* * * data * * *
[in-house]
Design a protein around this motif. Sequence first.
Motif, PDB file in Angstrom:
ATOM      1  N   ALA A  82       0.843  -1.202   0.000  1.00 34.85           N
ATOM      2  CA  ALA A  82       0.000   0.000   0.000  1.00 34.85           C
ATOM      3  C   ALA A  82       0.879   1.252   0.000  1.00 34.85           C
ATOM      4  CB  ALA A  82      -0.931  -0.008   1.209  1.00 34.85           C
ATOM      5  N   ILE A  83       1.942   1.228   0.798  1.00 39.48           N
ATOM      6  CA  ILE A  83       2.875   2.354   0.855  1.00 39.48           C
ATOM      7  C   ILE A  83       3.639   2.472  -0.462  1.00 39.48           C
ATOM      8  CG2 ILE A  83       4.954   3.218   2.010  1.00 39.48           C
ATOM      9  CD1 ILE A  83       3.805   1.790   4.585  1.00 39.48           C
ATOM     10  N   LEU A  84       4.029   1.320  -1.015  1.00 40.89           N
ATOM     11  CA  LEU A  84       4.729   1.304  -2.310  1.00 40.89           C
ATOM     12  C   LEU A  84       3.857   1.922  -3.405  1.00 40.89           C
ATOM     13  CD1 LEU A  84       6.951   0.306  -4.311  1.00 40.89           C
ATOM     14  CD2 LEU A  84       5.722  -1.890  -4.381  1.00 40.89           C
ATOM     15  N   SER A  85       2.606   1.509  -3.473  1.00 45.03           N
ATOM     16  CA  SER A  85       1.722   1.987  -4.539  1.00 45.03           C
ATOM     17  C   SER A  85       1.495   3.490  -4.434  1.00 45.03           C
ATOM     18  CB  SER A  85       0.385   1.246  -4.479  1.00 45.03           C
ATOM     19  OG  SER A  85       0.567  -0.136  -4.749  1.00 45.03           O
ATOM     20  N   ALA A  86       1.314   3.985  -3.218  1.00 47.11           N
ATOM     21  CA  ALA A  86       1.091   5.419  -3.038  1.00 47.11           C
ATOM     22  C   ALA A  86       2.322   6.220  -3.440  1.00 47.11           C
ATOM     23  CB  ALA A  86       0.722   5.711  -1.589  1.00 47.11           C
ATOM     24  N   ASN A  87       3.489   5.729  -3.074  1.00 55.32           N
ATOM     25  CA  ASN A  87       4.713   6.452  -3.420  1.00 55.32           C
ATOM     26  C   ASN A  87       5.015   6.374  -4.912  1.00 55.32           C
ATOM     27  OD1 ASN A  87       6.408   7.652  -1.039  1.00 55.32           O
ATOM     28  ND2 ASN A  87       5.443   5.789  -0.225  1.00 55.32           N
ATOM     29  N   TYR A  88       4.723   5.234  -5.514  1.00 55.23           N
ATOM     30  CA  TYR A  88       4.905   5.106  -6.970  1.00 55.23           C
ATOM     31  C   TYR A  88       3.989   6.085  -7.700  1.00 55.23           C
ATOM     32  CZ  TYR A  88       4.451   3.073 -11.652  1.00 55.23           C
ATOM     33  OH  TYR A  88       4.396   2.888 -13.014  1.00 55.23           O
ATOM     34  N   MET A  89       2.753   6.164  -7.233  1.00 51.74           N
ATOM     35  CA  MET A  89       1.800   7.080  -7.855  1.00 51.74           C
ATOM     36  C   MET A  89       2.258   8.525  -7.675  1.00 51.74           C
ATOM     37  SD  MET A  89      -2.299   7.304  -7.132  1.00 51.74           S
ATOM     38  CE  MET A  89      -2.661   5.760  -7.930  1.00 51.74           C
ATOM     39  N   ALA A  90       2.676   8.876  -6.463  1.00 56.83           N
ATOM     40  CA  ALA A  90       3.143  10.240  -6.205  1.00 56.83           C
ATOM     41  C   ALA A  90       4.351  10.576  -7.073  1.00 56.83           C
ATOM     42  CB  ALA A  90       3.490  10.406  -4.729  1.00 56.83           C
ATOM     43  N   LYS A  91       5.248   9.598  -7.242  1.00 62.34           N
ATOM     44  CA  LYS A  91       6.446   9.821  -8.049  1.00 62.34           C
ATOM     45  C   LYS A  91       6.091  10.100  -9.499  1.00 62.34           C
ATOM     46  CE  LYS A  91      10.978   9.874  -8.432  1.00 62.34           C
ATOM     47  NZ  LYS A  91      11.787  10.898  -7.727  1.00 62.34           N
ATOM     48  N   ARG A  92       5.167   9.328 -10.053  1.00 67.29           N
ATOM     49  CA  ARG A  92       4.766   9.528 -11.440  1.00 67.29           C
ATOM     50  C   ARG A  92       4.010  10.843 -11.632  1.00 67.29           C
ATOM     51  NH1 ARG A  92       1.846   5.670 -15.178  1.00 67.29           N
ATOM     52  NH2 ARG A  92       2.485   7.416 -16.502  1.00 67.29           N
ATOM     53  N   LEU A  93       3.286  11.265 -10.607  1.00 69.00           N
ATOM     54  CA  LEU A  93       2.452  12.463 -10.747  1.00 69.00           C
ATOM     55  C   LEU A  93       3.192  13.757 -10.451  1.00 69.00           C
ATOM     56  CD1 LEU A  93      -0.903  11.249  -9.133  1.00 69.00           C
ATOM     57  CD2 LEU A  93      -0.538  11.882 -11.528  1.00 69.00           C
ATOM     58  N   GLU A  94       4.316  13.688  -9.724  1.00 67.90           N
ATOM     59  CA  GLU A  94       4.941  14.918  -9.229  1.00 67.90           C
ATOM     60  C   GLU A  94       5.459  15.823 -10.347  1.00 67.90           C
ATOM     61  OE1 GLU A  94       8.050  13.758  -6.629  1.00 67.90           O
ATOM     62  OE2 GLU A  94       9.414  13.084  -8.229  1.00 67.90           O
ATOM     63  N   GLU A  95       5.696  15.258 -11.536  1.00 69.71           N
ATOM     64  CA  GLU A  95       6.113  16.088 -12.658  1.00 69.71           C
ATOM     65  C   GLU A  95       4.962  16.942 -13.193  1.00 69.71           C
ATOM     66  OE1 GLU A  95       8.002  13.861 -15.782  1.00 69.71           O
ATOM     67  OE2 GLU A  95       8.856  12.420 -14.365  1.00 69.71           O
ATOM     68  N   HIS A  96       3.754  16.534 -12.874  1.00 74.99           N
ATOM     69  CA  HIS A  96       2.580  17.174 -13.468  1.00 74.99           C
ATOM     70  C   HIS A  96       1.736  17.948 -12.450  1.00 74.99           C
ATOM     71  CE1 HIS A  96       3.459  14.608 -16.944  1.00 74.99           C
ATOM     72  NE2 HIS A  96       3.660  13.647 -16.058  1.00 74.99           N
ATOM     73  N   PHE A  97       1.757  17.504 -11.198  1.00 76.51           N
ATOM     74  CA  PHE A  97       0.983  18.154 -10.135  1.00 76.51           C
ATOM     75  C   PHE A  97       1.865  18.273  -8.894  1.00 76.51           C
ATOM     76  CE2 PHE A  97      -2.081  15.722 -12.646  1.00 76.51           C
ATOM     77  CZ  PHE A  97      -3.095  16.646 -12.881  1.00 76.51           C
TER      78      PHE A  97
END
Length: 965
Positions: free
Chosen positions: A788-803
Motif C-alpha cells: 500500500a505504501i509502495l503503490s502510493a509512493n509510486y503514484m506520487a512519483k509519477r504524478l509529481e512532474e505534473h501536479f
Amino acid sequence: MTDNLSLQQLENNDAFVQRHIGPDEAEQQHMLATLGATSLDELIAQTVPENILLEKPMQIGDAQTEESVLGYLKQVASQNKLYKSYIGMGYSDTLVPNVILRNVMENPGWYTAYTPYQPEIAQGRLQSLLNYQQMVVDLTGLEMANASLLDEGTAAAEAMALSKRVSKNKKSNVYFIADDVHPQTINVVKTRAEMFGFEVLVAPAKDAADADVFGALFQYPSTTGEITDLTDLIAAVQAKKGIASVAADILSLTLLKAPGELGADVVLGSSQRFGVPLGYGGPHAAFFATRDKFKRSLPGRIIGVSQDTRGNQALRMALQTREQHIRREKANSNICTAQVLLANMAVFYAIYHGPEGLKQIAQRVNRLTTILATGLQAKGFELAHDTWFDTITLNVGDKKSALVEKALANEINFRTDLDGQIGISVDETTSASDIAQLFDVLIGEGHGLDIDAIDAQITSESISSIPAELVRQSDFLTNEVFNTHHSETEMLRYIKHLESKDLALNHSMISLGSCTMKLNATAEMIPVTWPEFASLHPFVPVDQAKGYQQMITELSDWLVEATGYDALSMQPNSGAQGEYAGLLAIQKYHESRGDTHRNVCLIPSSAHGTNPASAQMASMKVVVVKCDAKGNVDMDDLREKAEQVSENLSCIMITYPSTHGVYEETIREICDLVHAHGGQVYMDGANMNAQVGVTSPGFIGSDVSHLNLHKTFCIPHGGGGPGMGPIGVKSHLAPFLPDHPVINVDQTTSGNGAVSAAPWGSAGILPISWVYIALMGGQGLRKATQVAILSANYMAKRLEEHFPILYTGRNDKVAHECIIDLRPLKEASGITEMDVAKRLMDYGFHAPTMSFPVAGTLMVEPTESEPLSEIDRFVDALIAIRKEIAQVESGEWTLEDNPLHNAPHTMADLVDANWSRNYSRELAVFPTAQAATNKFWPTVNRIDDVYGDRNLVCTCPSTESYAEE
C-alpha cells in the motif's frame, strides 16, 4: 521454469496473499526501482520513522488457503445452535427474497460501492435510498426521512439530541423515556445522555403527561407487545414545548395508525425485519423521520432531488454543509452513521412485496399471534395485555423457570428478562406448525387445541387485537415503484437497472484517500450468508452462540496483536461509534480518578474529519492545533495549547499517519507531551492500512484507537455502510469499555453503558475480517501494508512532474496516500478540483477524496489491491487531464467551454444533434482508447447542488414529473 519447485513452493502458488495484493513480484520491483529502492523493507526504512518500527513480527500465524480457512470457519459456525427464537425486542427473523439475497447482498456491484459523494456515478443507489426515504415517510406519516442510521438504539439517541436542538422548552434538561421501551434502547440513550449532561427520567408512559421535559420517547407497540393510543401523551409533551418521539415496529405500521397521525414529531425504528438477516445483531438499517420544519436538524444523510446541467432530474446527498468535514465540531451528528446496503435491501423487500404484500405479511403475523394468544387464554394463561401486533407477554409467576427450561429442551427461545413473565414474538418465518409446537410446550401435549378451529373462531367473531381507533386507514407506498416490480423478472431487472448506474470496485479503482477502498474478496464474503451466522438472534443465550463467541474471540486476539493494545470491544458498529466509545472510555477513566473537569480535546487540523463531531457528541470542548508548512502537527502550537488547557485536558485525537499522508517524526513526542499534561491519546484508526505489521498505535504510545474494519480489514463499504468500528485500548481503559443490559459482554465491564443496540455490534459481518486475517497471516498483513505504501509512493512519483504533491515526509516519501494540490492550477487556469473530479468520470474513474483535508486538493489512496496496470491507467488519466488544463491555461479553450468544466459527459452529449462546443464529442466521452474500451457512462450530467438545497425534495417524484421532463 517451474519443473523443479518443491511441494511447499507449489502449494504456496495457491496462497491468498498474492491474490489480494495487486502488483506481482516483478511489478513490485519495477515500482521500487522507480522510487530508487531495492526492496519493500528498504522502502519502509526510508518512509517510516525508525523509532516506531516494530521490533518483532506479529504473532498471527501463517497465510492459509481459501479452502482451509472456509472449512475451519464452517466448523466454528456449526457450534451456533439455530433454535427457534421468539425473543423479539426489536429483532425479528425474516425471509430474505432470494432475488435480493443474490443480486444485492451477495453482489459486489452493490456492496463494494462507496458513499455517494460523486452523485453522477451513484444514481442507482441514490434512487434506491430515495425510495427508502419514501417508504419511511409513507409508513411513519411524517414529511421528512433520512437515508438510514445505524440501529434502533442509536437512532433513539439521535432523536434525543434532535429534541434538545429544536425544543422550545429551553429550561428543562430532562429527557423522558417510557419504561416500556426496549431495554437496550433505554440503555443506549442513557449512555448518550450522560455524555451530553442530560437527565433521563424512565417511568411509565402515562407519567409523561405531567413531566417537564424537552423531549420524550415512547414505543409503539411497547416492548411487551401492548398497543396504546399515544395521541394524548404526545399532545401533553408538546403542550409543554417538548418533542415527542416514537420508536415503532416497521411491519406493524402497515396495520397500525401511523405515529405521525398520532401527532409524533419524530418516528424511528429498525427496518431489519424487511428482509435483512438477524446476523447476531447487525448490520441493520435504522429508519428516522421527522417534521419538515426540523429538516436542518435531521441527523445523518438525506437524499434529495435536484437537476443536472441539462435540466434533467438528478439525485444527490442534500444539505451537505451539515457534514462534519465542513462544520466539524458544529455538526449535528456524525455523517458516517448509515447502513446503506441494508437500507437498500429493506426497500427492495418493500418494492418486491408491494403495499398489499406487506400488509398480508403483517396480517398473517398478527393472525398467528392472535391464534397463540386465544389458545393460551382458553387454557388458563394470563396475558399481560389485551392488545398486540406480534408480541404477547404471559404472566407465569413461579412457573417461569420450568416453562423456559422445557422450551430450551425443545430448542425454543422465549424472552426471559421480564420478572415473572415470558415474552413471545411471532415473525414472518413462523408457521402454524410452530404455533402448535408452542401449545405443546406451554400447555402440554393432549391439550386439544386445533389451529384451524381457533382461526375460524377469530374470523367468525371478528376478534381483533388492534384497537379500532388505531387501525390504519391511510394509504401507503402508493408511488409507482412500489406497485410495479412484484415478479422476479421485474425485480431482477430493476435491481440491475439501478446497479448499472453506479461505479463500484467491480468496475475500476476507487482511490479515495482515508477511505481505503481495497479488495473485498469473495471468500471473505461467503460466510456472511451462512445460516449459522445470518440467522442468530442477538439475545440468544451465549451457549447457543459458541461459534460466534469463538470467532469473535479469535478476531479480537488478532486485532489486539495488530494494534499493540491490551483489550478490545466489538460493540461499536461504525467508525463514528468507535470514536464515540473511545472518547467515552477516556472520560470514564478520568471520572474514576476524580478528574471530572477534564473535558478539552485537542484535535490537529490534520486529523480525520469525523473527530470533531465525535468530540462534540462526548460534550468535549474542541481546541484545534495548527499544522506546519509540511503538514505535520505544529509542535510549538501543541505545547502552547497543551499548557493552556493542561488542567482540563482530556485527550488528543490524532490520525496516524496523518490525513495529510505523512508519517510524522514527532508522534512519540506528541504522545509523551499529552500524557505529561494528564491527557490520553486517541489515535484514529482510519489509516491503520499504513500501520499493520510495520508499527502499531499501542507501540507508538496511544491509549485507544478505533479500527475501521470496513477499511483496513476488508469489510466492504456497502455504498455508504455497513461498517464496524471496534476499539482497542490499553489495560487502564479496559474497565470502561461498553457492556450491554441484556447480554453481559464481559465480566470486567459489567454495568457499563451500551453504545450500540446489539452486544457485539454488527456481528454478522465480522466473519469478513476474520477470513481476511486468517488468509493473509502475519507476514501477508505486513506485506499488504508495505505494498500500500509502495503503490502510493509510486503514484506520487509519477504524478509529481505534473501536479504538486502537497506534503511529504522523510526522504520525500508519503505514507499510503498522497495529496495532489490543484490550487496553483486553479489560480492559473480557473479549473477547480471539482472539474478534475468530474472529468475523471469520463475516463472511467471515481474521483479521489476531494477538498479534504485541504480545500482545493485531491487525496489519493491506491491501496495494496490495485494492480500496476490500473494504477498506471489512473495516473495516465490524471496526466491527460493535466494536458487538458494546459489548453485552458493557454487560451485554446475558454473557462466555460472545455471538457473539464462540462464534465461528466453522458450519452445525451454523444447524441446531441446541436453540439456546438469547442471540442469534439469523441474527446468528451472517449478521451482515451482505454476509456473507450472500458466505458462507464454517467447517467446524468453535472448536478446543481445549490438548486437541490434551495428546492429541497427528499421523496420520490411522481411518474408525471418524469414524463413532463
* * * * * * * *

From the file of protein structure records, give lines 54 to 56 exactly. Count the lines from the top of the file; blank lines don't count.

ATOM     51  NH1 ARG A  92       1.846   5.670 -15.178  1.00 67.29           N
ATOM     52  NH2 ARG A  92       2.485   7.416 -16.502  1.00 67.29           N
ATOM     53  N   LEU A  93       3.286  11.265 -10.607  1.00 69.00           N